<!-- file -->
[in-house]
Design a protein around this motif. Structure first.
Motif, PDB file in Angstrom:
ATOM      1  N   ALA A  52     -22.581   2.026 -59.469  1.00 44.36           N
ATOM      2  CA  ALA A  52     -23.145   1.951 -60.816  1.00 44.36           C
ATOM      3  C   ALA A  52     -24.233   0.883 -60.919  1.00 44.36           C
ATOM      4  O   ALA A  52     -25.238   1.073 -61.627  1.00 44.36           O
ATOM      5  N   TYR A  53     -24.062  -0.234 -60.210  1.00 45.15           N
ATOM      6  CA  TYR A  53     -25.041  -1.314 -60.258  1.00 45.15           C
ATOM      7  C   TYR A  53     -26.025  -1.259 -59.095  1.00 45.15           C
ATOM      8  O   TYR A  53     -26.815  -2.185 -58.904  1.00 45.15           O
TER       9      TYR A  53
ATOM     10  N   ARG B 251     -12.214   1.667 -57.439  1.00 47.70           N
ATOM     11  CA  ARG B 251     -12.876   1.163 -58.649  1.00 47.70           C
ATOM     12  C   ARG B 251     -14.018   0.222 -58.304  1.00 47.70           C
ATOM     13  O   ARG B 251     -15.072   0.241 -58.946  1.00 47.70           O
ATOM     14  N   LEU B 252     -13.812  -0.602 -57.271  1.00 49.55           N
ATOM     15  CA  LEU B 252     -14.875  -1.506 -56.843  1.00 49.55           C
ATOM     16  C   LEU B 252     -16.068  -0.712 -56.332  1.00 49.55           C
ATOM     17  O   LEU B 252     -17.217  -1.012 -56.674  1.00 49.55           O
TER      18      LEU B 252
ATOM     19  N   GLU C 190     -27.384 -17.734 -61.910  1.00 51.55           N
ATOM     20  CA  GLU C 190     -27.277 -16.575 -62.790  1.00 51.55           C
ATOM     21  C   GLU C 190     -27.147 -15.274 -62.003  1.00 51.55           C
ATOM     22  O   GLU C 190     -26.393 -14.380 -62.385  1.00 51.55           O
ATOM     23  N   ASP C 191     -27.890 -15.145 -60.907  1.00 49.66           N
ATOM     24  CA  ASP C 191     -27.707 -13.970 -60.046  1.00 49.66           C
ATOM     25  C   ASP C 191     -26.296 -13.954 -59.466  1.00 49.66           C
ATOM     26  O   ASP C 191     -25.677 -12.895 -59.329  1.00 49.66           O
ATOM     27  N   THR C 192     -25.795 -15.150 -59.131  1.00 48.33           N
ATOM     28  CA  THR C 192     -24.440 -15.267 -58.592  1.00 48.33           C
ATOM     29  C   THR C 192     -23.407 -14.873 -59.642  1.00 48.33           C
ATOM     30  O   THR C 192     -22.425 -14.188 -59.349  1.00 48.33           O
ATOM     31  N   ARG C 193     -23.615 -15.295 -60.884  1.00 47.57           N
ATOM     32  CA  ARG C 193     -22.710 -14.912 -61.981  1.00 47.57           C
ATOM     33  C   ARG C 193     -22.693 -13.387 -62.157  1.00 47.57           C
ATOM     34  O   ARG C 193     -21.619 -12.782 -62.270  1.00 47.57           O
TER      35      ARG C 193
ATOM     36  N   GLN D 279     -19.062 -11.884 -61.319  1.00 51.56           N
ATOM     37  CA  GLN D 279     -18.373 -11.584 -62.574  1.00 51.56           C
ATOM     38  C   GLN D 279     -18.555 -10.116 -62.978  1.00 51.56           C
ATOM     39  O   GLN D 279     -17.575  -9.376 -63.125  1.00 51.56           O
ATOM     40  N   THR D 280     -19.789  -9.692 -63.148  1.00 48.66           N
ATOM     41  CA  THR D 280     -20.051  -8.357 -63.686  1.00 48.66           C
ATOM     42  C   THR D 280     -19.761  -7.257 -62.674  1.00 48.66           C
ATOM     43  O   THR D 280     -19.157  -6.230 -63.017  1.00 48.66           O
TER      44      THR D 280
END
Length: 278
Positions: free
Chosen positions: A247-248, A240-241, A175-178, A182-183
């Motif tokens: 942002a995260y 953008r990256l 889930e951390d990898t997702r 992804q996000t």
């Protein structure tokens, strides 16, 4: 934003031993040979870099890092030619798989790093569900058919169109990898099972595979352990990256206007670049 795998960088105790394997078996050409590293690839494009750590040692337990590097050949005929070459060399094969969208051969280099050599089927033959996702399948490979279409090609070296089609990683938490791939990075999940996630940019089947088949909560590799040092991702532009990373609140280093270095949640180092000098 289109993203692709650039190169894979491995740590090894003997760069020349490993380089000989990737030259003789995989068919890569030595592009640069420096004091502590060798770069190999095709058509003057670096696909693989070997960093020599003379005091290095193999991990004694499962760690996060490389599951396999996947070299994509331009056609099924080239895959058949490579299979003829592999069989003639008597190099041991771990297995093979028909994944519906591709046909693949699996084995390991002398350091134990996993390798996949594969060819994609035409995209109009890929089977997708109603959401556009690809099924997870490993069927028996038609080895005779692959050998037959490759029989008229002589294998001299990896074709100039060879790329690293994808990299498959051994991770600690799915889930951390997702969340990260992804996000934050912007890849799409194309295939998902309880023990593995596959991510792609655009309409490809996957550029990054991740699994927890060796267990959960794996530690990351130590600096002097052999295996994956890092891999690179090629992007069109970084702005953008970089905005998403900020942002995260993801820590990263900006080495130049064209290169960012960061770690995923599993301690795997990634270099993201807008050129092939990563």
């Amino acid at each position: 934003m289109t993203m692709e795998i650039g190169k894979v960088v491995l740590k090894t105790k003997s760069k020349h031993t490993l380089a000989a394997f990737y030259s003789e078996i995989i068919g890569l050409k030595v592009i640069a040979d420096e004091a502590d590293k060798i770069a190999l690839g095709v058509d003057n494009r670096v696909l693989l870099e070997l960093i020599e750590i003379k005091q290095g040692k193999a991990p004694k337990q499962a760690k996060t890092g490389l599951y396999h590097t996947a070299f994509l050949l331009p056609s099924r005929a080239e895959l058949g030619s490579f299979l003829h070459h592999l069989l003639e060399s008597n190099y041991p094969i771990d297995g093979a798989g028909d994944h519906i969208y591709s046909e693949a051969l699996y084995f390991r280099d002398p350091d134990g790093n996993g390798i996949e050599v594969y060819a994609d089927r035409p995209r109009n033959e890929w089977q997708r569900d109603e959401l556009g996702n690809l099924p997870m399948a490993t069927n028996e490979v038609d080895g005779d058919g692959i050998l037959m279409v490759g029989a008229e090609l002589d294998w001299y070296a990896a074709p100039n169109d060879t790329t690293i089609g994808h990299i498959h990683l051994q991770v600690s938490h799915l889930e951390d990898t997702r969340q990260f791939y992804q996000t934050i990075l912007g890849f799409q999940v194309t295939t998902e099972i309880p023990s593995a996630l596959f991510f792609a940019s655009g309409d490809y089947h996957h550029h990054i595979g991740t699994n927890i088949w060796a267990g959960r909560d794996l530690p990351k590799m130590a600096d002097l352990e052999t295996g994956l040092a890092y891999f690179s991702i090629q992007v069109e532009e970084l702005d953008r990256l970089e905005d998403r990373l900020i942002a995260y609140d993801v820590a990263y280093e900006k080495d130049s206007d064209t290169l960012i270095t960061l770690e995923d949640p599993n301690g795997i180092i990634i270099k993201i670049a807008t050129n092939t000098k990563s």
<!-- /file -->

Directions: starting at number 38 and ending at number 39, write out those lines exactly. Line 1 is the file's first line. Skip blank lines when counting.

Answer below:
TER      35      ARG C 193
ATOM     36  N   GLN D 279     -19.062 -11.884 -61.319  1.00 51.56           N